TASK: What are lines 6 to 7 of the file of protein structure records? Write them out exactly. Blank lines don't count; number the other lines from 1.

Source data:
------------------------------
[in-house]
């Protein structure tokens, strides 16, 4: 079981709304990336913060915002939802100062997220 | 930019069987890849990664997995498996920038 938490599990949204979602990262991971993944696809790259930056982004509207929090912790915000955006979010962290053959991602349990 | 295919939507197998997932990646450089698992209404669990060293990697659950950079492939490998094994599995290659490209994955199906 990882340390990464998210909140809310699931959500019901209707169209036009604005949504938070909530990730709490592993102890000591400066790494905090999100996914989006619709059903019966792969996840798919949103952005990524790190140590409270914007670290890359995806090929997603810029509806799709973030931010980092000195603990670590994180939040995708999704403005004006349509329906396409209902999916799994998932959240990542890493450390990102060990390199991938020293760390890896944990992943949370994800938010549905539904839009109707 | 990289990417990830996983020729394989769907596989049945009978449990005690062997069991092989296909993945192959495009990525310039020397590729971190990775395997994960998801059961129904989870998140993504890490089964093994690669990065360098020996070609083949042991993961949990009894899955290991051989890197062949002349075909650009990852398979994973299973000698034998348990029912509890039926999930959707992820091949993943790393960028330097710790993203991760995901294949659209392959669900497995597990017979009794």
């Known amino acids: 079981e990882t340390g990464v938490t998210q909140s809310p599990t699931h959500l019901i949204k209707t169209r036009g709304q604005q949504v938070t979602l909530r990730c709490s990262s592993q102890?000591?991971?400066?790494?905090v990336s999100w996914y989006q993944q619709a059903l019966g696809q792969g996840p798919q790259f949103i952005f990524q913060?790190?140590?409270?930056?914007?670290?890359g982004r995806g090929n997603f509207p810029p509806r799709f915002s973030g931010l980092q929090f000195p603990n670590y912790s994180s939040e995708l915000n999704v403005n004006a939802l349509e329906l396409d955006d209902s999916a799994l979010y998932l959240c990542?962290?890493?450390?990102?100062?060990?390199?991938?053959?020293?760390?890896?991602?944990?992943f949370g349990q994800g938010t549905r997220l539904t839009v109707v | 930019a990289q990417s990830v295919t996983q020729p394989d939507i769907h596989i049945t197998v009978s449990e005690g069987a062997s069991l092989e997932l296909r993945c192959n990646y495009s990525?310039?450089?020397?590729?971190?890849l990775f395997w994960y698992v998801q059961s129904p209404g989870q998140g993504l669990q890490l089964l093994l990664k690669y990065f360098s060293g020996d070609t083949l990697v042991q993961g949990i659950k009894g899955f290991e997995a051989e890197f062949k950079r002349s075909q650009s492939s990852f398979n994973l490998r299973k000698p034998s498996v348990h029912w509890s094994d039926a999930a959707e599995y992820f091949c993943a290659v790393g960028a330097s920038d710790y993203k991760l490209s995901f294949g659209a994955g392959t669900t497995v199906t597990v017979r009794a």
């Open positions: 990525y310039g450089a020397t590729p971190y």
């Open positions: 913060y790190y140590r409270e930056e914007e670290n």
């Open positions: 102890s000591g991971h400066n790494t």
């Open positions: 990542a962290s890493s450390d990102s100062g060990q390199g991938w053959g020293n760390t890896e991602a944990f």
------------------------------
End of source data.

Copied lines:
């Open positions: 102890s000591g991971h400066n790494t």
């Open positions: 990542a962290s890493s450390d990102s100062g060990q390199g991938w053959g020293n760390t890896e991602a944990f």